Yin and Yang - FamilyEducation

Yin and Yang

July 29,2008
Professor Mom
Aliki McElreath

Aliki is a writer and college English teacher. She lives in North Carolina with her husband, two children (ages seven and ten), a dog, a cat, a rabbit, and too many fish.

We've suddenly slipped into a different pace around here. It's a quieter house, and the hours stretch ahead, marked definitively on each end of the day by school drop-off and pick-up at 3:00. T. missed her brother yesterday, but she has an extra spring in her step, we think; that glow that kids get when they can play at being an only child for a while. We're already enjoying the one-on-one time with her, but with pangs of guilt now and again. Should we be having fun? I ask myself at the pool, while we toss T. into the air between us and watch her dive and laugh. We make plans to take her to one of the free summer children's movies this week, and I hesitate, wondering if it's fair. But then I remind myself that L. hates movies and movie theaters, and that this is the only reason T. has never been to one yet.

When I spend a good chunk of time with one child, I'm always startled by the differences. I don't compare, but I think about how they occupy such different worlds, and have such different approaches to life. Now that L. is back in school, I feel as if I'm getting the chance to see my kids with fresh eyes again, as separate beings, all the complicated facets of their characters rising to the surface in ways that astound and sometimes confuse us. Every now and then I do wish they were more alike, and that their worlds didn't collide quite so much, but I think their differences provide us with so many angles through which to view the world--theirs and ours. And I try to remind myself that this is a gift--the fact that they are so different.

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This is how our first day without L. at home went:

T. and I get out of the house in ten minutes flat to run errands, and I think about how very portable she is. She's always up for shopping or errand running, and a trip to the grocery store is her idea of a grand old time. She gets ready for the pool in a flash, and plays with the other kids there, leaving me time to chat with the other parents, or lie back on a pool noodle and reflect on life.

But then, back at home, T. talks--a lot, and wants to play lengthy and mind-numbing dinosaur make-believe games all day long, following me around the house and into the bathroom, and insisting I be a mayasaurus named Maya. Sometimes I extricate myself for five minutes and hide in the laundry closet to unload the washer, and then there she is again, calling me: "Mayaaaaaaaa! Mayaaaaaaa!"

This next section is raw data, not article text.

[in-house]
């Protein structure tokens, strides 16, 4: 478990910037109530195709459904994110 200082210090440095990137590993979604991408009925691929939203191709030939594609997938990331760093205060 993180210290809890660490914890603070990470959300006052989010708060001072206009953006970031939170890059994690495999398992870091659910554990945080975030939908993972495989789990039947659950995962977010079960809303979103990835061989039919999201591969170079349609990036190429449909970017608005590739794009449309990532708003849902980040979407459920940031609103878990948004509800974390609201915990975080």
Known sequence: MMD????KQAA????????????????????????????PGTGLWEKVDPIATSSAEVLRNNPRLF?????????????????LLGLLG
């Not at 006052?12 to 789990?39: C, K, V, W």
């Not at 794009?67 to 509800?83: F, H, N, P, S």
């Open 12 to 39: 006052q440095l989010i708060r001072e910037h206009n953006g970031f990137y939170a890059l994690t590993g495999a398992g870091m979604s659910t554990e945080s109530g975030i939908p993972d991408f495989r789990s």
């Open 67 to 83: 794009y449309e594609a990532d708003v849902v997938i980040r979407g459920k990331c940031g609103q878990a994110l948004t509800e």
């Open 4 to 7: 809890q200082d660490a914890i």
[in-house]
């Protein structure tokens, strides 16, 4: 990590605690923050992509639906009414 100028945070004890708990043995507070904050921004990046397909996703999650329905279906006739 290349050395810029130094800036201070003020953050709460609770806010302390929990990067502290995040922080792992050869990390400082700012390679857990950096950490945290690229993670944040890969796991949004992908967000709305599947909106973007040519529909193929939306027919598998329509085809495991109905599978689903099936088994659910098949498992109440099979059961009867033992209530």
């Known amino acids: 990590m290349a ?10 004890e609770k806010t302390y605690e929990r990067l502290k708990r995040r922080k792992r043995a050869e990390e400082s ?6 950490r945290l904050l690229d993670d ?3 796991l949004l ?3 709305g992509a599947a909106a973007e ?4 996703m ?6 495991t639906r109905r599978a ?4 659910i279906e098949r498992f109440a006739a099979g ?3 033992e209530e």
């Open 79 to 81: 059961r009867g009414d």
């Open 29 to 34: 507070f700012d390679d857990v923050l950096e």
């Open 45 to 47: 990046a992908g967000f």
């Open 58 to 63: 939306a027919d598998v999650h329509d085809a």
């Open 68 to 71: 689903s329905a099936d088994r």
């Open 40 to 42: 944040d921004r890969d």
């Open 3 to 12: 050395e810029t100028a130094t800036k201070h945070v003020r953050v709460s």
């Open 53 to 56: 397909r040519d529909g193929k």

In between foraging for food and avoiding the T-rex, my mind wanders to L., and I imagine him at home, quietly hunched over his Playmobil toys or sitting at the computer, the silence punctuated briefly by interesting comments about a NASA podcast or ancient Rome. I wonder what he's doing at school, and whether he's happy. I miss him.

Scott and I talk about taking L. to the museum again this weekend, and we smile, eager for this family outing to come. Over lunch we talk about his new teacher, while T. chimes in and feeds her stuffed-animal-of-the-week (a brown stegosaurus named Steggie) a veggie hot dog.

T. and I whip up a batch of homemade play-dough, just like I used to with L. We add green food coloring and glitter and bash down the warm dough with our hands, molding it into, of course, dinosaurs and trees and squat, lumpy people. T.'s hands remind me of L.'s at her age, strong and earnest, the possibilities of creation tingling at her fingertips. I think about activities we can do with L. later, when he gets home. I miss him.

Later, at 4:00, L. breaks out his Space and Sky Edition Monopoly game and we play, buying and selling galaxies and moons. I let him roll the die until he gets the planet he wants, and look the other way when he pilfers extra cash from the bank. T. rolls on the floor, bored, and wriggles into a Snow White dress-up costume.

My kids are yin and yang incarnate, really. They couldn't be more opposite, yet they reflect each other in many ways; they are unmistakably siblings, even if their approaches to life and friendship are so very different. And while I miss L., I do cherish this stay-at-home time with just T. I enjoyed it tremendously the year I stayed home with L., and it's wonderful to get the chance to do it again with T., if only for two weeks. It's the ultimate juggling act, parenthood. You spend your days taking the good with the bad, the joy with the sorrow, the patience with the anger; you sort out the complicated likes and dislikes of both kids, walking the line between the two, striving always to be fair and just. As a parent your greatest challenge sometimes is to learn to move between each child, flitting back and forth, perpetually leaving bits and pieces of yourself scattered everywhere.